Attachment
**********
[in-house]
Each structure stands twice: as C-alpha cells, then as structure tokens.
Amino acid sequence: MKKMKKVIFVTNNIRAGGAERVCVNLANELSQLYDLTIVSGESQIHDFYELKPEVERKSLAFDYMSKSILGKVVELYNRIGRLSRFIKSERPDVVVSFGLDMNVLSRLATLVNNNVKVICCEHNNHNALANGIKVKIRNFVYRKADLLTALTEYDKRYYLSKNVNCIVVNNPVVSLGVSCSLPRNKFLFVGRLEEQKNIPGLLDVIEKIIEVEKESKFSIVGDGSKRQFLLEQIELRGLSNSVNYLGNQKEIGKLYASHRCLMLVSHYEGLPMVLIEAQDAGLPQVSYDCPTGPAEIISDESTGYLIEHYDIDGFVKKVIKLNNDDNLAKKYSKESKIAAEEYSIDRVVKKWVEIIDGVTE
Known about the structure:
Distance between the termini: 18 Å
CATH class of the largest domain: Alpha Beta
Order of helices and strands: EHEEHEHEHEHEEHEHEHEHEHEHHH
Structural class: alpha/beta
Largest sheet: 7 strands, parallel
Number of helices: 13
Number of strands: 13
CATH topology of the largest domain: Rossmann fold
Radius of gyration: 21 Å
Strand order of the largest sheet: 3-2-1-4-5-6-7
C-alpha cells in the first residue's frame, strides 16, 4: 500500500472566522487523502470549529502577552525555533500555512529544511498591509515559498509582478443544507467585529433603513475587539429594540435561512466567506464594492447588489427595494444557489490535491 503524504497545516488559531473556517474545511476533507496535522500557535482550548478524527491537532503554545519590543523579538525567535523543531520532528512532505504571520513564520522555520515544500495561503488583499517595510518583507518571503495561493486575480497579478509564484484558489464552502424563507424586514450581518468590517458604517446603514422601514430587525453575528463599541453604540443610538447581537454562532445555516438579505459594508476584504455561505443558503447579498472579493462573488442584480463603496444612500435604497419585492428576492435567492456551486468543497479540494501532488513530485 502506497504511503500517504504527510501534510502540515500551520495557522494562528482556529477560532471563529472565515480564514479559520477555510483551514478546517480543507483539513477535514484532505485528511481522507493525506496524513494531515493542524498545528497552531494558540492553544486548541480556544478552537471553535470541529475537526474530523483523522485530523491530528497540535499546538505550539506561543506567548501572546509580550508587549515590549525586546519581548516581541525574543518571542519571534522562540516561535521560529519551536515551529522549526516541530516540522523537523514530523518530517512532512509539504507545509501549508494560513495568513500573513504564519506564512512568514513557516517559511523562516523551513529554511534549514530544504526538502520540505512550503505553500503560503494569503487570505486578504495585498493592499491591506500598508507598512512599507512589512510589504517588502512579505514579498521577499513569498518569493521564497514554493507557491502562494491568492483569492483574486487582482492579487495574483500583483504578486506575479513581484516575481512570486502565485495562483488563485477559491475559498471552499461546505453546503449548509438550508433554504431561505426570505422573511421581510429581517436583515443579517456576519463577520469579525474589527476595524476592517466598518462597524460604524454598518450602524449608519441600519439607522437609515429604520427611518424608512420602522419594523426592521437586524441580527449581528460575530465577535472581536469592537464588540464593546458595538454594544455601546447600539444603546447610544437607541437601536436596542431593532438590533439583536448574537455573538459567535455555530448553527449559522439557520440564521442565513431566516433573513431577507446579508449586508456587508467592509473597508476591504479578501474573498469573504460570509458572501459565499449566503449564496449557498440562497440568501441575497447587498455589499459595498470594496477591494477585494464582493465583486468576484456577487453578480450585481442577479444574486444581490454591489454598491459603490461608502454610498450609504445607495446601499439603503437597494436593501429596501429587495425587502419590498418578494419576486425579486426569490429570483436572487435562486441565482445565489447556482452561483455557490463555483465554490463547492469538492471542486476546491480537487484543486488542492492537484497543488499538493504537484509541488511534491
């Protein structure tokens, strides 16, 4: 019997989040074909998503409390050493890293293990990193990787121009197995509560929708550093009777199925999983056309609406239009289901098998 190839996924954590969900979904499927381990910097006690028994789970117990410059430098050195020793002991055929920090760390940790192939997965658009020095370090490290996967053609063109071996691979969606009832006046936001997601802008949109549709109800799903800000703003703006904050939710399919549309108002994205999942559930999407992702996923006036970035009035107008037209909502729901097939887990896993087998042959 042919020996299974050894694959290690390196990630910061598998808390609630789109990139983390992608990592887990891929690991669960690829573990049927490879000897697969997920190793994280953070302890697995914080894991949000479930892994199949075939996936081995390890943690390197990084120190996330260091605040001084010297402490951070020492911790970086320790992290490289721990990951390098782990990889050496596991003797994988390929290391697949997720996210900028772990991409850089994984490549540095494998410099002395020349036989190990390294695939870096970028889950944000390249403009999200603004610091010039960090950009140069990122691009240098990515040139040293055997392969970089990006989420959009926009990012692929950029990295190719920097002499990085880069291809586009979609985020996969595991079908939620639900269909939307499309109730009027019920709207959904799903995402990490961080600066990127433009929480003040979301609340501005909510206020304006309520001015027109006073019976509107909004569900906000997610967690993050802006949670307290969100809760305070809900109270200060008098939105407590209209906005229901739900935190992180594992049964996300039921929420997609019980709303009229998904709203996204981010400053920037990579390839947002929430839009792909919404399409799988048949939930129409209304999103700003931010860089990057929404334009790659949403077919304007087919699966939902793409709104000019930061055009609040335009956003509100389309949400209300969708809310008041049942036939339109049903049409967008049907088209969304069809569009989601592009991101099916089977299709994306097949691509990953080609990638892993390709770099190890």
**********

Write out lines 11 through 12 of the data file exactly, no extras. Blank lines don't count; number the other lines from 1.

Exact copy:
Number of strands: 13
CATH topology of the largest domain: Rossmann fold